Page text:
Making Their Own Kind of Music


by Susan Laszewski
Vermilion flycatcher

Though originating on different sides of the Atlantic, two studies released this month both underscore the complexities of wildlife adaptation to the urbanization of their habitats.

Previous studies have shown different frequencies between urban birdsong and birdsong in the wild, but until recently, no study had looked at the tropical cousins of these songbirds. Now, Alejandro Ariel Ríos-Chelén and fellow researchers at the Universidad Nacional Autonoma de Mexico have published a study that does just that.

The researchers recorded the songs of 29 male vermilion flycatchers in Mexico City and found that birds in noisier ... (Read More)




Partnering for Healthier Cities


by Melinda Housholder, Urban Forests Program Director
Sacramento Convention Center

Last week, I attended the 2012 Partners in Community Forestry National Conference in Sacramento, Calif. This conference is all about making connections — including connecting with the community forestry network and sharing information about what is happening with community forestry around the country. With more than 500 attendees — ranging from urban foresters, arborists and utilities to nonprofits, state and federal governments and even a mayor — there was a lot to learn and a lot to share.

To start off the conference, Dr. Dave Nowak, project leader at the U.S. Forest Service Northern Research Station and a member of the ... (Read More)




Transforming Cities With Trees


by Scott Steen, President & CEO
Detroit's New Center. Credit: Dig Downtown Detroit

Today, I am excited to share the results of a year-long initiative with you.

Last fall, American Forests began a project in cooperation with the U.S. Forest Service’s Urban and Community Forestry program to conduct research on and spread awareness of the amazing benefits of urban forests. Urban forests are ecosystems composed of trees and other vegetation that provide cities and municipalities with environmental, economic and social benefits. They include street and yard trees, vegetation within parks and along public rights of way, water systems, fish and wildlife. As part of this project, we looked at 12 remarkable cities to gar... (Read More)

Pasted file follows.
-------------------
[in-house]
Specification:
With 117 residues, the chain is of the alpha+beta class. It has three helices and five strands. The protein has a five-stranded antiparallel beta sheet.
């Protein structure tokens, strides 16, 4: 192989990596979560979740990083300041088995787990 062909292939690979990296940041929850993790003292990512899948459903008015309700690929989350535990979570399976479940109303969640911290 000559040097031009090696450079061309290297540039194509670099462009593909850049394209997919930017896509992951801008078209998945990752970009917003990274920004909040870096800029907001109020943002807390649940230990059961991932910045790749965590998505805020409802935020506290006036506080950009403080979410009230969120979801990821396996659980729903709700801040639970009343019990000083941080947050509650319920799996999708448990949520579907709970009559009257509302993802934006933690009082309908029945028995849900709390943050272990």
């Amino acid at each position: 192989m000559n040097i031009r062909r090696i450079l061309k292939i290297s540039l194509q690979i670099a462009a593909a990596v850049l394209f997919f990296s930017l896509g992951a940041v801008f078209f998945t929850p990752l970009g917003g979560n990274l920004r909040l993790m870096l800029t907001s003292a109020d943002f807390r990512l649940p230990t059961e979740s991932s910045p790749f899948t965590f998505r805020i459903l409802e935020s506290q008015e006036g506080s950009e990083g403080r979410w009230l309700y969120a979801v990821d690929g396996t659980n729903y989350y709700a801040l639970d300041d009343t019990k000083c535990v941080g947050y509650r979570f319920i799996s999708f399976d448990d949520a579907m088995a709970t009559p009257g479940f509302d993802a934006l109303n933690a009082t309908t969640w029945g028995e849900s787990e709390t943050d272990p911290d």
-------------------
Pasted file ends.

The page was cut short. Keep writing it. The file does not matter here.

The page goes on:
Counting Their Losses


by Alex Cimon
Pine tree blocking a street in Boston

In the wake of Hurricane Sandy, assessing the damage has become a priority. After a storm in which millions of people lost power and the streets of New York and New Jersey were shut down, it is clear that much of the East Coast has seen significant destruction. It can be difficult to quantify the losses, as many cities are continuing relief efforts. But arborists and urban foresters are beginning to tally the number of fallen trees and evaluate their respective city’s position.

Falling trees are one of the major dangers facing urban and suburban areas during a natural disaster. You have probably heard stories of trees damaging... (Read More)




A Golden Day for New Mexico


by Susan Laszewski
Fall in the bosque.

Last Thursday was a good day for New Mexico.

On that day, Secretary of the Interior Ken Salazar dedicated the 559th and 560th units of the National Wildlife Refuge System, both in New Mexico.

It goes without saying that humans aren’t the only ones who will benefit from the wildlife refuge. The U.S. Fish and Wildlife Service will work to restore the native bosque forest — an ecosystem rarely seen outside the dry Southwest. In this riparian ecosystem, cottonwoods, often called the “heart of the bosque” — a play on their heart-shaped leaves — provide critical habitat for more than 500 species, from desert cottont... (Read More)